A urogynecologist’s view of the pelvic floor effects of vaginal delivery/cesarean section for the urologist
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- Genadry, R. Curr Urol Rep (2006) 7: 376. doi:10.1007/s11934-006-0007-z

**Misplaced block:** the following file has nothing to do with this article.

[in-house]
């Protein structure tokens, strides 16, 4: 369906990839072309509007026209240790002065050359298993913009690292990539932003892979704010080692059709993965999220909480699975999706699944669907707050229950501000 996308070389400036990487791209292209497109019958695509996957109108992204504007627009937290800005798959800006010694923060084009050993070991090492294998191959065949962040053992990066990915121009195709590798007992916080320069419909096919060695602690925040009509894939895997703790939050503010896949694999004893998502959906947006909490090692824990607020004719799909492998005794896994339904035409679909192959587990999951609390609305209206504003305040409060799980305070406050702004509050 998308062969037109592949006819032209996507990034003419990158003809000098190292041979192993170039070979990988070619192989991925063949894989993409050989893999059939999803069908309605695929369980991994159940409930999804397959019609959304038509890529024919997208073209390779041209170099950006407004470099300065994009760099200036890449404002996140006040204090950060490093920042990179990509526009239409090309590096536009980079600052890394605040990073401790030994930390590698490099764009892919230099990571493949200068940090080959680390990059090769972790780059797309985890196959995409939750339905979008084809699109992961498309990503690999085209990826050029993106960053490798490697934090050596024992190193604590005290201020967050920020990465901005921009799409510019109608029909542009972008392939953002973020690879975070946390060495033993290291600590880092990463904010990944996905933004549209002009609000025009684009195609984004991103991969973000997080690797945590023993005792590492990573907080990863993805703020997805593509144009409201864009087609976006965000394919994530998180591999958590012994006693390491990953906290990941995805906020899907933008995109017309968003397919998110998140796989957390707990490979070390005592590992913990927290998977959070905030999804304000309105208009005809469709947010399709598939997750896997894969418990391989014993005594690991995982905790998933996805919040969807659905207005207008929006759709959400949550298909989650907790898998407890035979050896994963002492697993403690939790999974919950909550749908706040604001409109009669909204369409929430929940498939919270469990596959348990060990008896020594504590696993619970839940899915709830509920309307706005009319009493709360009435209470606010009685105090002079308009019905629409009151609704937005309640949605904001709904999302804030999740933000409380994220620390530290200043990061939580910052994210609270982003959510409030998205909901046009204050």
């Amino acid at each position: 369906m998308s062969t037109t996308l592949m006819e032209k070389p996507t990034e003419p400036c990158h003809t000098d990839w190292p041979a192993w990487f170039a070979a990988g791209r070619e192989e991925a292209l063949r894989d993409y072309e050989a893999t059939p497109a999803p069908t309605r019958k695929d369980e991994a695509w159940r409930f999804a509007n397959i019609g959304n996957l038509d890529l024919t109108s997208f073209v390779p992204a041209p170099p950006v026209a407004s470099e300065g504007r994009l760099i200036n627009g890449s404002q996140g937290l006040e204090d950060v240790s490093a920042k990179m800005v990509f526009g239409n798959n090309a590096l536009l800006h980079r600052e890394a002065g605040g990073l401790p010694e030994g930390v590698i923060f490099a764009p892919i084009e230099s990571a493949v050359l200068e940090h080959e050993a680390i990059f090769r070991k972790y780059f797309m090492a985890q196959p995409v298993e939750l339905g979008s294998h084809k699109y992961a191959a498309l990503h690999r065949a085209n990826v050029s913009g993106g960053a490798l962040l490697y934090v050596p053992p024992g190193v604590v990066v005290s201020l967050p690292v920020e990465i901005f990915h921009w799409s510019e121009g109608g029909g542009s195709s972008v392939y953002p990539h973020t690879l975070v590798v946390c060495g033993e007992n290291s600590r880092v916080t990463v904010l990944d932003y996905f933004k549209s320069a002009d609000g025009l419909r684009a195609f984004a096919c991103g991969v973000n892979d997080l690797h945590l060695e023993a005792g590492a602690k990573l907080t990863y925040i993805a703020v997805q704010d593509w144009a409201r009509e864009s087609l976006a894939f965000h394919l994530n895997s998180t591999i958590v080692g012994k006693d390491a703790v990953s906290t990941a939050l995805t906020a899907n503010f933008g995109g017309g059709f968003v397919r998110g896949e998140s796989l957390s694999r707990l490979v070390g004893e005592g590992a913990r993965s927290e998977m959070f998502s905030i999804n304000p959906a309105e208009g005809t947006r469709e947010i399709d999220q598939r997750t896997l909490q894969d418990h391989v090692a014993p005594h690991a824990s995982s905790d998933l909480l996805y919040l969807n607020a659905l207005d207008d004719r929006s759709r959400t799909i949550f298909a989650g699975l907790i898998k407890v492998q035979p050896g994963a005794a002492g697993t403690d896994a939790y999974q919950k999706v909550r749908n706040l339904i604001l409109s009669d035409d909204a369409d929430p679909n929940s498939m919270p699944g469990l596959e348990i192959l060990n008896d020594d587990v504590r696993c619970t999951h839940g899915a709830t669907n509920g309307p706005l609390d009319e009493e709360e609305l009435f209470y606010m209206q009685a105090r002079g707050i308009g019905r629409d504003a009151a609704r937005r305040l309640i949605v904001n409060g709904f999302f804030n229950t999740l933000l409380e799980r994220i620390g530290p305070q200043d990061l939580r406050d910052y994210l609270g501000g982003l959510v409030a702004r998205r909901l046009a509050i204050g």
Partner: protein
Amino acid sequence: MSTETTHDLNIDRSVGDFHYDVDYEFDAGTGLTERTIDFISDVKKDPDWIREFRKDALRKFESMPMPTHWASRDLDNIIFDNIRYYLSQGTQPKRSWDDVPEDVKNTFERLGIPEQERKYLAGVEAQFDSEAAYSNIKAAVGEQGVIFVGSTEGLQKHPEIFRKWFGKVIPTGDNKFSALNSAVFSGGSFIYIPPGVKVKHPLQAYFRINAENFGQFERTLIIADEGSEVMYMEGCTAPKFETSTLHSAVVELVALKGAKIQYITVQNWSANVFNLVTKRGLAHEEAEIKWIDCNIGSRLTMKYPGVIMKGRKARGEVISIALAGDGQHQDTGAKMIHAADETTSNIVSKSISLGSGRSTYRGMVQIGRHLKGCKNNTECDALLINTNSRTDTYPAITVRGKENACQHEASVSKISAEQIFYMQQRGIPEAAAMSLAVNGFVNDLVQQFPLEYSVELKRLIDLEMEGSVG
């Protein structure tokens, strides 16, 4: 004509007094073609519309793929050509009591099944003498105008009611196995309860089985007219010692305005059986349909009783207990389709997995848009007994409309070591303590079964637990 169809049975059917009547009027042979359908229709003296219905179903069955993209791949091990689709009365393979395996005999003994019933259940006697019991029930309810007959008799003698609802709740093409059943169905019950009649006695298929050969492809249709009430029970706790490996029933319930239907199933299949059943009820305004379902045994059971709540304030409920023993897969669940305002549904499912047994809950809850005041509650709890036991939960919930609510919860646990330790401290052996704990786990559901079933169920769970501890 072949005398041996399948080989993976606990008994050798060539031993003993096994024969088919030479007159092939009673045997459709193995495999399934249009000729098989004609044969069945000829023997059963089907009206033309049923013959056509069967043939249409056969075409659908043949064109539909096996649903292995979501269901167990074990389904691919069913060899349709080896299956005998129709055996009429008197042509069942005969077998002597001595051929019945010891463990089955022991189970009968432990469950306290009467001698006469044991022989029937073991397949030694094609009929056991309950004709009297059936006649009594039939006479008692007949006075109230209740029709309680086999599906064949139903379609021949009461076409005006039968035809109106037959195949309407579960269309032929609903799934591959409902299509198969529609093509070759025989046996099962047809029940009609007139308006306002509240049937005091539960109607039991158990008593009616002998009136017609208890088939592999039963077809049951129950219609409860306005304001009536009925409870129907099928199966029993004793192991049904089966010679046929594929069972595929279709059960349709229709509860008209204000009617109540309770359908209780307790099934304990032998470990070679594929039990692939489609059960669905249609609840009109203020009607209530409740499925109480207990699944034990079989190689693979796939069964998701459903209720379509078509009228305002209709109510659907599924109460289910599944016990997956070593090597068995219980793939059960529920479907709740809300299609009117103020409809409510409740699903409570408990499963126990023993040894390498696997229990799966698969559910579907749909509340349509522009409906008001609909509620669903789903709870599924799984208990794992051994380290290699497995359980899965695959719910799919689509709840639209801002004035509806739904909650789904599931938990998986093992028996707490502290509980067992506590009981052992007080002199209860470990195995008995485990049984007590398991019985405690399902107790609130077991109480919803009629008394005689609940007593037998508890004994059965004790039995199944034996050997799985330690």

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Pregnancy and parturition have been implicated in the development of pelvic floor dysfunction. These disorders include urinary incontinence, fecal incontinence, pelvic organ prolapse, and other pelvic and sexual dysfunctions. The urologist caring for women with urinary dysfunction needs to be familiar with the causes of pelvic floor dysfunction and their implications. Defects of the pelvic floor have clearly resulted from the traumatic effect of vaginal delivery. The likely mechanisms of injuries during vaginal delivery involve stretching and compression of the pudendal nerve and peripheral branches, as well as an additional tearing of muscles and connective tissue. Optimal management of labor and optimal techniques of repair of unavoidable sphincteric lacerations, ante- and postpartum pelvic floor muscle conditioning, and timely and proper indications for cesarean delivery will minimize the effect of incidental traumatic delivery.